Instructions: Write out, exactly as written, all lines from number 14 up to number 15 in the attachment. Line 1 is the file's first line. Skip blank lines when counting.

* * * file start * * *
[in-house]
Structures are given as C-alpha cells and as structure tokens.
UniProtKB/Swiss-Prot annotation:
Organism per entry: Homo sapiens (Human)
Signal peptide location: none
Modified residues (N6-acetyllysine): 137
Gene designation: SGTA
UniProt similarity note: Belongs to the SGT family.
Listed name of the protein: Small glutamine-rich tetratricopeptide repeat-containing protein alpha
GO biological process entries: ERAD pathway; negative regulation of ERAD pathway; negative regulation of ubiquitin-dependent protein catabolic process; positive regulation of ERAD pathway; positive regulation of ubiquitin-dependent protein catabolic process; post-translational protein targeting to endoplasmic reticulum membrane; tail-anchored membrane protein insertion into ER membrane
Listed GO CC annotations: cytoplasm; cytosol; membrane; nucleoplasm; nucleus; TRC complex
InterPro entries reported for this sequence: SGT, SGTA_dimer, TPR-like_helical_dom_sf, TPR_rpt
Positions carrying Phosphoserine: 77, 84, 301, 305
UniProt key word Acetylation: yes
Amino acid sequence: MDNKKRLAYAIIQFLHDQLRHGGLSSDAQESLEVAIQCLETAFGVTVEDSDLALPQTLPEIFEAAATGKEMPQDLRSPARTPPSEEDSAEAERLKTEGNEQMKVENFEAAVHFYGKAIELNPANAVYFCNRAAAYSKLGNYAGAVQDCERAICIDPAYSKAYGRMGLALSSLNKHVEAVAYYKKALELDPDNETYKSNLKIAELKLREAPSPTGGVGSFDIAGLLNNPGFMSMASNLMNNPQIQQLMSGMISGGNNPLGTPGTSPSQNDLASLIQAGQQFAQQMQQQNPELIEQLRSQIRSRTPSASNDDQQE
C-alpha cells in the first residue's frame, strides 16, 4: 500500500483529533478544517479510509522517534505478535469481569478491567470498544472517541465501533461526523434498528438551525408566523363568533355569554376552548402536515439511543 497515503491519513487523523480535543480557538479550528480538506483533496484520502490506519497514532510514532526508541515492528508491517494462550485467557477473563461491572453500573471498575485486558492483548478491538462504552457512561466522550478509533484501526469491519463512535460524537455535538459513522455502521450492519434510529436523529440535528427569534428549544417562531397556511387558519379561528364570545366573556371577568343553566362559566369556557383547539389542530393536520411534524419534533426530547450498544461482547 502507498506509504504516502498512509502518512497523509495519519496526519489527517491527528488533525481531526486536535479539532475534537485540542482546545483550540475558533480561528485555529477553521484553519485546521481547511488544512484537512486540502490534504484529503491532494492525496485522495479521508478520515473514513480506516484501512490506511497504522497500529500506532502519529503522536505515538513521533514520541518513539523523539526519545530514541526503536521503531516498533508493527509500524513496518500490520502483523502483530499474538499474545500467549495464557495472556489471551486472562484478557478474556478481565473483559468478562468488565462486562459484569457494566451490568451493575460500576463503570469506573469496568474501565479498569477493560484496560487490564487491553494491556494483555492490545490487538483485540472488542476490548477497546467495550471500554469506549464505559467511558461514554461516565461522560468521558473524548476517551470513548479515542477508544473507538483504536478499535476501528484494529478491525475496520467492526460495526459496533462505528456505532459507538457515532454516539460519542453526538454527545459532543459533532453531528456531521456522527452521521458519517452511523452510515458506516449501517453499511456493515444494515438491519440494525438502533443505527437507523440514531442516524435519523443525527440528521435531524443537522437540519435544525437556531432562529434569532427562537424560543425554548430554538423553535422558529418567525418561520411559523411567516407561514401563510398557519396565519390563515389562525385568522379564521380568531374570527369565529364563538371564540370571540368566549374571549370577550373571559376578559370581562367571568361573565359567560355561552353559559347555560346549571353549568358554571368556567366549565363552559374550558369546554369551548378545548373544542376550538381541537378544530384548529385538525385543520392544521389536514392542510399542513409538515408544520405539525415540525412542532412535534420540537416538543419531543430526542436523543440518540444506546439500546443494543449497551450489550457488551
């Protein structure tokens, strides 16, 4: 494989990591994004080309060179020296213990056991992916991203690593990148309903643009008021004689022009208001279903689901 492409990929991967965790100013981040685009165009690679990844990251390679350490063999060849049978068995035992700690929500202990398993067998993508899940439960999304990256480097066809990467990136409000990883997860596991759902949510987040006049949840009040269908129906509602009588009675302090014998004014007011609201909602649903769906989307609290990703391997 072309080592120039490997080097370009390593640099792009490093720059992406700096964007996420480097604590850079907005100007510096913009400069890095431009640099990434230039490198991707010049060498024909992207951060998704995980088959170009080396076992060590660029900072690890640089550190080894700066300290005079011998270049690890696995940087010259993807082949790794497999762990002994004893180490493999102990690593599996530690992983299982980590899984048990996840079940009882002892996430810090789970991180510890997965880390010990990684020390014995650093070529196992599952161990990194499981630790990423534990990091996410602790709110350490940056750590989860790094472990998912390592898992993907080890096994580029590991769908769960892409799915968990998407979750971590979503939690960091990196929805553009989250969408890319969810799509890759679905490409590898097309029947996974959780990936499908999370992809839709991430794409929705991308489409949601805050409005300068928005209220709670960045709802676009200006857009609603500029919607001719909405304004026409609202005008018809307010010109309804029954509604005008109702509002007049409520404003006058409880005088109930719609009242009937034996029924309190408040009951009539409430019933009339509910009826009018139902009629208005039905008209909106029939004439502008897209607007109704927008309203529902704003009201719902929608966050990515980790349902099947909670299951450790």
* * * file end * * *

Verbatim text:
UniProt key word Acetylation: yes
Amino acid sequence: MDNKKRLAYAIIQFLHDQLRHGGLSSDAQESLEVAIQCLETAFGVTVEDSDLALPQTLPEIFEAAATGKEMPQDLRSPARTPPSEEDSAEAERLKTEGNEQMKVENFEAAVHFYGKAIELNPANAVYFCNRAAAYSKLGNYAGAVQDCERAICIDPAYSKAYGRMGLALSSLNKHVEAVAYYKKALELDPDNETYKSNLKIAELKLREAPSPTGGVGSFDIAGLLNNPGFMSMASNLMNNPQIQQLMSGMISGGNNPLGTPGTSPSQNDLASLIQAGQQFAQQMQQQNPELIEQLRSQIRSRTPSASNDDQQE